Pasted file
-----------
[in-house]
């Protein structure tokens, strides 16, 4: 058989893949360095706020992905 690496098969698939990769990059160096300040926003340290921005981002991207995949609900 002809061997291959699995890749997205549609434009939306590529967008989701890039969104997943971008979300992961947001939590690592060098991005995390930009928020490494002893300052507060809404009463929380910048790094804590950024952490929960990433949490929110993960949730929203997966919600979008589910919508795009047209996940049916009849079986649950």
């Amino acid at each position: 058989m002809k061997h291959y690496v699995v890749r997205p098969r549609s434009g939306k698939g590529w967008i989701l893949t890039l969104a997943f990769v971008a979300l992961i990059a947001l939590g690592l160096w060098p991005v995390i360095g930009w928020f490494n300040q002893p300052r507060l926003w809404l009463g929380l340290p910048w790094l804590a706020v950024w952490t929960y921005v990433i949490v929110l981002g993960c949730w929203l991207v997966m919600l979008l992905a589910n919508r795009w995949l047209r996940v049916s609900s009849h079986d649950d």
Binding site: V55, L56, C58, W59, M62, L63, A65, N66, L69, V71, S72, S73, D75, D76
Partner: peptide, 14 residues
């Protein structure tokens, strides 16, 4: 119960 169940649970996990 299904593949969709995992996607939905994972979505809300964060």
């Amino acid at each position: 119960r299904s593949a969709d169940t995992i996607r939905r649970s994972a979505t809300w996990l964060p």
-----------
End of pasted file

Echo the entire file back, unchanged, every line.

[in-house]
């Protein structure tokens, strides 16, 4: 058989893949360095706020992905 690496098969698939990769990059160096300040926003340290921005981002991207995949609900 002809061997291959699995890749997205549609434009939306590529967008989701890039969104997943971008979300992961947001939590690592060098991005995390930009928020490494002893300052507060809404009463929380910048790094804590950024952490929960990433949490929110993960949730929203997966919600979008589910919508795009047209996940049916009849079986649950």
């Amino acid at each position: 058989m002809k061997h291959y690496v699995v890749r997205p098969r549609s434009g939306k698939g590529w967008i989701l893949t890039l969104a997943f990769v971008a979300l992961i990059a947001l939590g690592l160096w060098p991005v995390i360095g930009w928020f490494n300040q002893p300052r507060l926003w809404l009463g929380l340290p910048w790094l804590a706020v950024w952490t929960y921005v990433i949490v929110l981002g993960c949730w929203l991207v997966m919600l979008l992905a589910n919508r795009w995949l047209r996940v049916s609900s009849h079986d649950d």
Binding site: V55, L56, C58, W59, M62, L63, A65, N66, L69, V71, S72, S73, D75, D76
Partner: peptide, 14 residues
């Protein structure tokens, strides 16, 4: 119960 169940649970996990 299904593949969709995992996607939905994972979505809300964060």
């Amino acid at each position: 119960r299904s593949a969709d169940t995992i996607r939905r649970s994972a979505t809300w996990l964060p």